Supporting The Community
Wednesday - September 14, 2005
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Bank of Hawaii CEO Al Landon (center) and
(from left) Donna tanoue, Peter Ho, Mary Sellers
and Alton Kuioka serve breakfast at kapiolani
Park for employees who participated in the
Bank of Hawaii has been a supporter of community activities for many years. This support is formally recognized in the bank’s Vision Statement, “Exceptional people building exceptional value for our customers, our island communities, our shareholders and each other.”
Bank of Hawaii takes a multi-faceted approach to building value for the community. Each of the approaches is inter-related. The most important is maintaining a strong stock value. Generally a strong stock value comes from growth and profitability. At first blush, it may appear self-indulgent to place priority on share price. Some may ask, “What about the customers? What about the employees? What about the community?”
We all agree that each of those constituencies is important. However, our emphasis on a strong stock value does not ignore our other constituencies. In fact, it recognizes that in order to be of value to our shareholders, we must be of value to our customers, employees and the communities in which we do business. In the end, a public company that disappoints its shareholders winds up disappointing others as well. It takes a healthy company - public or private - to muster the resources to take care of all of its stake-holders. A strong, healthy company reinvests in its people, facilities and the community. Everyone benefits.
We encourage employees to be involved in community activities. The involvement takes many forms, from serving as leaders of civic, professional, educational, cultural and health organizations, to supporting fund-raising activities, such as the recent Heart Walk to benefit the American Heart Association. Bank of Hawaii assumed a leadership role in this annual event and contributed $20,000. More importantly, more than 1,300 bank employees and family members joined in the walk and contributed more than $140,000.
The bank has a small unit of employees who provide organizational, promotional and motivational support to charitable and other events. In addition, there is a small group of employees who support and aid “non-profit” organizations. These individuals coach organizations on management, governance, funding and operations.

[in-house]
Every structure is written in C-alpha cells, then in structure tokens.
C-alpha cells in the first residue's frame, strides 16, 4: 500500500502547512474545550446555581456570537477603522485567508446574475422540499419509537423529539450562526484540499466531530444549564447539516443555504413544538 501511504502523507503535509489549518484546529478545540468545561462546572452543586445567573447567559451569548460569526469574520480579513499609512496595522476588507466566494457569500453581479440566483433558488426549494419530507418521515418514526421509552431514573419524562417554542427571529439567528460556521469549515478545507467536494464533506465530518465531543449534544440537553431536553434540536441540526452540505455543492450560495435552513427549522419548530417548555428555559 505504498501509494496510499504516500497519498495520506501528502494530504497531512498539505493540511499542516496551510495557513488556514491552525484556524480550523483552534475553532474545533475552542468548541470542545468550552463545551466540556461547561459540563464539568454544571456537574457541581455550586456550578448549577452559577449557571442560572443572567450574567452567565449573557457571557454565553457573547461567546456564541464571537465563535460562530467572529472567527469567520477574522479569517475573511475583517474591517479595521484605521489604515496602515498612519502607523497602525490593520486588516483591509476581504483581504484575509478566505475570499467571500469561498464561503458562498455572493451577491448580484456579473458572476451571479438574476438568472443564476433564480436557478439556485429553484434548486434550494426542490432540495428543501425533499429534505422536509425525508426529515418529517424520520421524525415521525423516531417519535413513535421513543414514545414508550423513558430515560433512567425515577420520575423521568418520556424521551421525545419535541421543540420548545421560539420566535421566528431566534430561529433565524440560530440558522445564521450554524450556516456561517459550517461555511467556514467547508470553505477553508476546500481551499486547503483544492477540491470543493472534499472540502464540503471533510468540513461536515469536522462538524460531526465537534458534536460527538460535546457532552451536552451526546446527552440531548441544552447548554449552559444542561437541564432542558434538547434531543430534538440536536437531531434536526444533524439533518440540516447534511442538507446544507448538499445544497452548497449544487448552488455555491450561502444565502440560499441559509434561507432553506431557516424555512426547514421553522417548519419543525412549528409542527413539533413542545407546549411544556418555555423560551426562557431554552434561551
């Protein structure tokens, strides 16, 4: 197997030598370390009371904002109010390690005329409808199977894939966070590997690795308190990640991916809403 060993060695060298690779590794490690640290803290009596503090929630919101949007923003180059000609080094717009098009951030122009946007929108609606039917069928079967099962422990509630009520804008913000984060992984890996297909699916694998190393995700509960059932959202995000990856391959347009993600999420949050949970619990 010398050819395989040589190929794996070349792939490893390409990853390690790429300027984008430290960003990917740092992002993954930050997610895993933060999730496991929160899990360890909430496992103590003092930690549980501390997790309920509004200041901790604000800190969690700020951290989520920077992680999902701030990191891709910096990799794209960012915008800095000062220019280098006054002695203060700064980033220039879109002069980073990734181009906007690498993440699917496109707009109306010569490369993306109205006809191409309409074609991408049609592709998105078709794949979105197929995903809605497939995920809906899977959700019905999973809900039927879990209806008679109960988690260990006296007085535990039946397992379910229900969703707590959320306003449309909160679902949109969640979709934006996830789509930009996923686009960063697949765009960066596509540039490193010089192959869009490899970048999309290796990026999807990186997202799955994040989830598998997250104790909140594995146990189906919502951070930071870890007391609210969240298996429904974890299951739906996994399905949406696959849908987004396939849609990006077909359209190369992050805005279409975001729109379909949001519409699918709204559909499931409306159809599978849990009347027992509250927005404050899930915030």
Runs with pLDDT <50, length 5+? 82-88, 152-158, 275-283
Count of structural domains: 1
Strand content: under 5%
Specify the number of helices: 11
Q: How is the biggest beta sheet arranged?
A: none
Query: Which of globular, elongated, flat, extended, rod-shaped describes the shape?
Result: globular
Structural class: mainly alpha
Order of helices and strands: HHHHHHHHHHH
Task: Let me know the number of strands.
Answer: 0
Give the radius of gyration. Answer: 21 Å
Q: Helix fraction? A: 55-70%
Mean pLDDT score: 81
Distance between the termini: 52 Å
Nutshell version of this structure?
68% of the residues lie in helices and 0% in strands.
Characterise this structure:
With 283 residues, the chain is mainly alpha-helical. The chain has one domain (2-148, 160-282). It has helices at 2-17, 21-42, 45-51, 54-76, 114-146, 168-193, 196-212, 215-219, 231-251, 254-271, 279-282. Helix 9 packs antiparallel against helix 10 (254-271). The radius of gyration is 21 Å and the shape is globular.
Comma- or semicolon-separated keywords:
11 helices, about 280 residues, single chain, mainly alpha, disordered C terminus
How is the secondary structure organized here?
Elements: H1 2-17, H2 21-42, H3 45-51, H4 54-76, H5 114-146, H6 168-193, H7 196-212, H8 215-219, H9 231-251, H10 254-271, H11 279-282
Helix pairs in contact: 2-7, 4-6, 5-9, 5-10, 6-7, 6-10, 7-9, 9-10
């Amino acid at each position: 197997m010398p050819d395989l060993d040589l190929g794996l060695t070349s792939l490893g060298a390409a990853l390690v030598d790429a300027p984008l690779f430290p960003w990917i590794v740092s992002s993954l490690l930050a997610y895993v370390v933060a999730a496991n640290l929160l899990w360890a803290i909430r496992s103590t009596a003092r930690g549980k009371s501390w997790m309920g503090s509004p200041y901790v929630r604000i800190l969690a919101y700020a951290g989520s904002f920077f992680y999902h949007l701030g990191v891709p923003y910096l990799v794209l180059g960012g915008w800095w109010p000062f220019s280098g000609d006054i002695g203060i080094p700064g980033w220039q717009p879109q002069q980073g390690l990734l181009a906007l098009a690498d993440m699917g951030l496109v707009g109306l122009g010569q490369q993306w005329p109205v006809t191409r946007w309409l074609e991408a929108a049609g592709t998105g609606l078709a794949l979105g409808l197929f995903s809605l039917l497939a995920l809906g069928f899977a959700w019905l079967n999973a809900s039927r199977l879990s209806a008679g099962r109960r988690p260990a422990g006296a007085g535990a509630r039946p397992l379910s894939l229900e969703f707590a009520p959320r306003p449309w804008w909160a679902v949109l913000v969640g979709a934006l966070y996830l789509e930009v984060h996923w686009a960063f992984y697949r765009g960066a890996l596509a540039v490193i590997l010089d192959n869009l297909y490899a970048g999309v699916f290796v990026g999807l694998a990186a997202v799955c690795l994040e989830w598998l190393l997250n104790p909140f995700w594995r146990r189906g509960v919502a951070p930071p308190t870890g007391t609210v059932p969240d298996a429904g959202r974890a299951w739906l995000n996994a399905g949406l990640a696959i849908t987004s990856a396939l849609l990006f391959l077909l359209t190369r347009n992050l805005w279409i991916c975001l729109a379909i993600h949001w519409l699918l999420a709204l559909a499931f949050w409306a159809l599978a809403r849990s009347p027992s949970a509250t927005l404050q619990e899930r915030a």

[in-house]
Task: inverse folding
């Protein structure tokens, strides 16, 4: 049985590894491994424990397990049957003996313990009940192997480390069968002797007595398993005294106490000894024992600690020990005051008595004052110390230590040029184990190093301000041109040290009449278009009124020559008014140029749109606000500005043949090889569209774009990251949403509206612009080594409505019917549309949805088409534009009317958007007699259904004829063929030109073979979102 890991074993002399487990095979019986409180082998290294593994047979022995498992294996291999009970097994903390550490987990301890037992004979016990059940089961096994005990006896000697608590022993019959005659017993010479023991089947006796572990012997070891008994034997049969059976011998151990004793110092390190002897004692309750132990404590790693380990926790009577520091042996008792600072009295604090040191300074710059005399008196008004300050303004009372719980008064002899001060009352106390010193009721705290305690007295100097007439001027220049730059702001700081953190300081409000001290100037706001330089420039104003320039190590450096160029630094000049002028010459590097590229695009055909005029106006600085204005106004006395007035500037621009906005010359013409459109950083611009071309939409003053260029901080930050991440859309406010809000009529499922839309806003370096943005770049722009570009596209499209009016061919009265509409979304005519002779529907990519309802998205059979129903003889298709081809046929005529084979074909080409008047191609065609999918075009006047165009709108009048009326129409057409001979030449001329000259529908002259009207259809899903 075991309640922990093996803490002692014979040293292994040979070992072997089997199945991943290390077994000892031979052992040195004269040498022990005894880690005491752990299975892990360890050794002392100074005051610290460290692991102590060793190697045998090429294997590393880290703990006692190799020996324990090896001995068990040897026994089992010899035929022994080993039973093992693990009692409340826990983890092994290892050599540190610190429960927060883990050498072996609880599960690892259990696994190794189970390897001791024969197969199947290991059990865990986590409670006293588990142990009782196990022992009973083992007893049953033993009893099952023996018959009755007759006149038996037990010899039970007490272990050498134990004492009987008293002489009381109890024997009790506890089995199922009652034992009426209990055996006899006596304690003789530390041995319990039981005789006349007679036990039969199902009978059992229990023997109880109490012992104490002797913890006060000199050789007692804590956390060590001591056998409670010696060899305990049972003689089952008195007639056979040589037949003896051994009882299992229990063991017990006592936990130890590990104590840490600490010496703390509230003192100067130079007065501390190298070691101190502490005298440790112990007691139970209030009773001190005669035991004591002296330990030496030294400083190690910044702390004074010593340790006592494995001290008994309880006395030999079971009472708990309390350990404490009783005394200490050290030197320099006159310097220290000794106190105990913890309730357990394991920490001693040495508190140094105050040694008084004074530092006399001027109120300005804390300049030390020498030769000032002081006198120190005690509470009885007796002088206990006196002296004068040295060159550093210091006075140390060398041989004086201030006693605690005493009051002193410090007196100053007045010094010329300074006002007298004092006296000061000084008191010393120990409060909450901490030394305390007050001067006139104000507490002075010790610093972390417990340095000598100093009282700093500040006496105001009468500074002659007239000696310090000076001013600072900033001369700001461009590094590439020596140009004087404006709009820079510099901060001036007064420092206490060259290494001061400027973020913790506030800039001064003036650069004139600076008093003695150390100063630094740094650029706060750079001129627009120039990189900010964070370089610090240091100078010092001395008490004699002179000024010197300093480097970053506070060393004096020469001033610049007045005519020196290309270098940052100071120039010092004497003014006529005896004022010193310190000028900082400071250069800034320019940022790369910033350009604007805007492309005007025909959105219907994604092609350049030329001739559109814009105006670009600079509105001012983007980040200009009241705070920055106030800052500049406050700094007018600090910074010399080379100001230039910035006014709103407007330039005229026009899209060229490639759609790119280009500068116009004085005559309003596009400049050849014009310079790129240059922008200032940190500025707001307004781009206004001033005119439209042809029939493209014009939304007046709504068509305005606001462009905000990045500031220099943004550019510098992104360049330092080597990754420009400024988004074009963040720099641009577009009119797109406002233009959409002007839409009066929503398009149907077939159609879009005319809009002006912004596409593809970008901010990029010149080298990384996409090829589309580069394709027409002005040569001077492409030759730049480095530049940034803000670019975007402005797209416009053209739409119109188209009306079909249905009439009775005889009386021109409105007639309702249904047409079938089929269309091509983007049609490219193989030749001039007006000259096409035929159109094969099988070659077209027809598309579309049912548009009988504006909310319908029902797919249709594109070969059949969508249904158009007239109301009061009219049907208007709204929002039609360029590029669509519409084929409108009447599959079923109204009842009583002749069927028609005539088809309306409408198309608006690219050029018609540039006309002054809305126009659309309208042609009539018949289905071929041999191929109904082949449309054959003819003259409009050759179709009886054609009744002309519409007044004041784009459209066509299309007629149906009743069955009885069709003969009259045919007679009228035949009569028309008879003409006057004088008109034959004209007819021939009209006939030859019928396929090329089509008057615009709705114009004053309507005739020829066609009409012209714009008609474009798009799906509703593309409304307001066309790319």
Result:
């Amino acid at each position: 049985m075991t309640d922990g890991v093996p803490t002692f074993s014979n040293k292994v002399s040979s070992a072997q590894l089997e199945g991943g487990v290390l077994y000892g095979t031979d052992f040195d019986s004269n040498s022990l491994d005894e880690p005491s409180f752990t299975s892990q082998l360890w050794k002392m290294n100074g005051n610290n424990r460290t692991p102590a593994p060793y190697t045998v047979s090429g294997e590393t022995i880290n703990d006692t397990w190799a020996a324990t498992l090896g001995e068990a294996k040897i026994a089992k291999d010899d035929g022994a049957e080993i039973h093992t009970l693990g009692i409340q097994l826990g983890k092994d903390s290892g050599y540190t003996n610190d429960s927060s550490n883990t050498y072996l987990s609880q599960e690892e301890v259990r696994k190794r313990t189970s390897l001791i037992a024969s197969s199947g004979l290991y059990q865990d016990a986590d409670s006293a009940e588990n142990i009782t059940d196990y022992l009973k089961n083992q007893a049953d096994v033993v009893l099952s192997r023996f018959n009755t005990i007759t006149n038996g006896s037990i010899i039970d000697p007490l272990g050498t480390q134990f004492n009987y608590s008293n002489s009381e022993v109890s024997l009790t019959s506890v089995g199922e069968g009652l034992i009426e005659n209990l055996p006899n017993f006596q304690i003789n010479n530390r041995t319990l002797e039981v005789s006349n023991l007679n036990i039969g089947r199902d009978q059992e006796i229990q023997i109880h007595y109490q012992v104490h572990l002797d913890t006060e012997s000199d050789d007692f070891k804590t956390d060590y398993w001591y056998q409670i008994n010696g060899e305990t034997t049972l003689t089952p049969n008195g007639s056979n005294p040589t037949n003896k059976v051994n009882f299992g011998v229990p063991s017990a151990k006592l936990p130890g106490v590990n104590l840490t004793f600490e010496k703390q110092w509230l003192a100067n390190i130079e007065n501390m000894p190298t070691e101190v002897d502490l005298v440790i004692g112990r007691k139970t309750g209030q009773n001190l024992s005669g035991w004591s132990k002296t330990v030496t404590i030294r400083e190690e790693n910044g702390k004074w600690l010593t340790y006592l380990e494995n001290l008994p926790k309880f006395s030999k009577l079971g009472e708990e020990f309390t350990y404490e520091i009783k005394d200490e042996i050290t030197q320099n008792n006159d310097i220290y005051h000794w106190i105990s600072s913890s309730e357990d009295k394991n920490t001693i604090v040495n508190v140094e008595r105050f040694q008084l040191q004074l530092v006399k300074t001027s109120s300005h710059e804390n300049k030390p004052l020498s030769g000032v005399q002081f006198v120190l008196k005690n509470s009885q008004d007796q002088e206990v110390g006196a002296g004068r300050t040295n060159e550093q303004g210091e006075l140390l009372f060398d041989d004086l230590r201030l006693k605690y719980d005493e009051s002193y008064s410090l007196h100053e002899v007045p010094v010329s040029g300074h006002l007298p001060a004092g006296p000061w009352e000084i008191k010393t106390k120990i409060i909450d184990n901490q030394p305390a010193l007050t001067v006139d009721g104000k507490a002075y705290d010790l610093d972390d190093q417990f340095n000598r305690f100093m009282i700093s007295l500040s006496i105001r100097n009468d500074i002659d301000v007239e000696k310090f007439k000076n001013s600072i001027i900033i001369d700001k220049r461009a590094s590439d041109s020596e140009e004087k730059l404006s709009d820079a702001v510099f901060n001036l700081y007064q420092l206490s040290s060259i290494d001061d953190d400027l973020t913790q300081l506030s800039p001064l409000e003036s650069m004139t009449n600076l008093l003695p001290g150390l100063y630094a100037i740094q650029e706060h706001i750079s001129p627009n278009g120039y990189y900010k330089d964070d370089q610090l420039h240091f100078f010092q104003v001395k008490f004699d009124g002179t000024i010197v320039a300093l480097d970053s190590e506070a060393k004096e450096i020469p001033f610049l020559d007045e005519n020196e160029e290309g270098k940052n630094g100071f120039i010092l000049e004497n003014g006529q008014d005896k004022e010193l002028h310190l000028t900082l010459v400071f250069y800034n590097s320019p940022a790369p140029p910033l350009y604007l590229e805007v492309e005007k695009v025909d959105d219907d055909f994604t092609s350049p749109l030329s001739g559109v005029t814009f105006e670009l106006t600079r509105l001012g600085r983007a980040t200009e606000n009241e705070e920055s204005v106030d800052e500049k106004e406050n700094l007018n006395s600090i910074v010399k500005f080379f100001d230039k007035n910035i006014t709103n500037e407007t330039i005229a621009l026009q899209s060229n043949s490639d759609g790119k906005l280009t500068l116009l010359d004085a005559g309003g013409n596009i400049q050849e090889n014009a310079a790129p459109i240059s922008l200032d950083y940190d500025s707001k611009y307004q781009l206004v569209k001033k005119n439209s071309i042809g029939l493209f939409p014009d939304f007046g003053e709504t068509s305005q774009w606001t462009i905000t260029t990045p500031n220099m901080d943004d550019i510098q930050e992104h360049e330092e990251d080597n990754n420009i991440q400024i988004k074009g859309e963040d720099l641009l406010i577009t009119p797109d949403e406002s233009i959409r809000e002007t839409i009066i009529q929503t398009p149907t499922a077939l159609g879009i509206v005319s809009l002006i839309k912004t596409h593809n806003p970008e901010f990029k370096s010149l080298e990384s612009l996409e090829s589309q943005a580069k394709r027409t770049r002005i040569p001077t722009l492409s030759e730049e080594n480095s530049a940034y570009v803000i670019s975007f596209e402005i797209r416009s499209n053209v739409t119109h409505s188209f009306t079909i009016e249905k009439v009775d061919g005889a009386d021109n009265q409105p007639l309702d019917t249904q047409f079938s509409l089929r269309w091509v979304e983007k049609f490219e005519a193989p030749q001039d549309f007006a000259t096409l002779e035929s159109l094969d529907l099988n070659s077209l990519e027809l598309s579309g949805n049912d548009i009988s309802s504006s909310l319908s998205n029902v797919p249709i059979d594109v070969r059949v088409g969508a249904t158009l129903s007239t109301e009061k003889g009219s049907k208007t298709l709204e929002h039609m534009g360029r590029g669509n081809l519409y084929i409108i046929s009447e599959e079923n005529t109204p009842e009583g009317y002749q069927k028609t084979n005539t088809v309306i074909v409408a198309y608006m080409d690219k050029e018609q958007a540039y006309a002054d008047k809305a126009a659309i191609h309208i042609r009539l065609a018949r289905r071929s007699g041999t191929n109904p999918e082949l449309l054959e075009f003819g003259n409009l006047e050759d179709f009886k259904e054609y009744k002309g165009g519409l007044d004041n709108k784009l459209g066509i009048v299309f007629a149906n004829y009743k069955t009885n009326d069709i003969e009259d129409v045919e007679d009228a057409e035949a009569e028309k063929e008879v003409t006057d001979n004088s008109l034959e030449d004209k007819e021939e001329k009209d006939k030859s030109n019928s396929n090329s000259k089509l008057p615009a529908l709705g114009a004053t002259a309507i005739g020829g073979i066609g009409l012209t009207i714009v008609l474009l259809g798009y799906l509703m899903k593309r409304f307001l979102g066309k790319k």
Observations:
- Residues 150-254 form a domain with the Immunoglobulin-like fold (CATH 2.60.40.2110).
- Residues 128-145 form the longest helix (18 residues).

As one of the largest contributors to community organizations, our Charitable Foundation provided more than $3.3 million in direct financial support in 2004. This support included about $750,000 as part of the bank’s commitment to the “2nd Century Scholars Program.” Created in 1997 to recognize the bank’s 100th anniversary, this program identified 100 deserving high school students who were provided mentoring, financial and other aid to help them through the college of their choice.
This summer, the program celebrated the success of more than 70 of those students who used the program to complete their college studies.
Aloha United Way, which begins its 2005 annual campaign this month, is another important community organization we support, along with many capital campaigns for schools and cultural organizations.
This financial aid is dispensed after a thorough evaluation and “scoring” of requests based on the bank’s internally developed criteria. The scoring focuses on identifying causes that are organized, have broad support and provide a clear benefit to residents of island communities served by Bank of Hawaii.
In the last couple of years, the number and amount of requests for support have grown rapidly, faster than our economy or population. Our ability to maintain or increase the support depends on growth of the bank’s resources - both financial and human. Bank of Hawaii looks forward to continuing to support community causes, as a part of its vision of building value.
Next week: Joe Kindrich, Hick’s Homes
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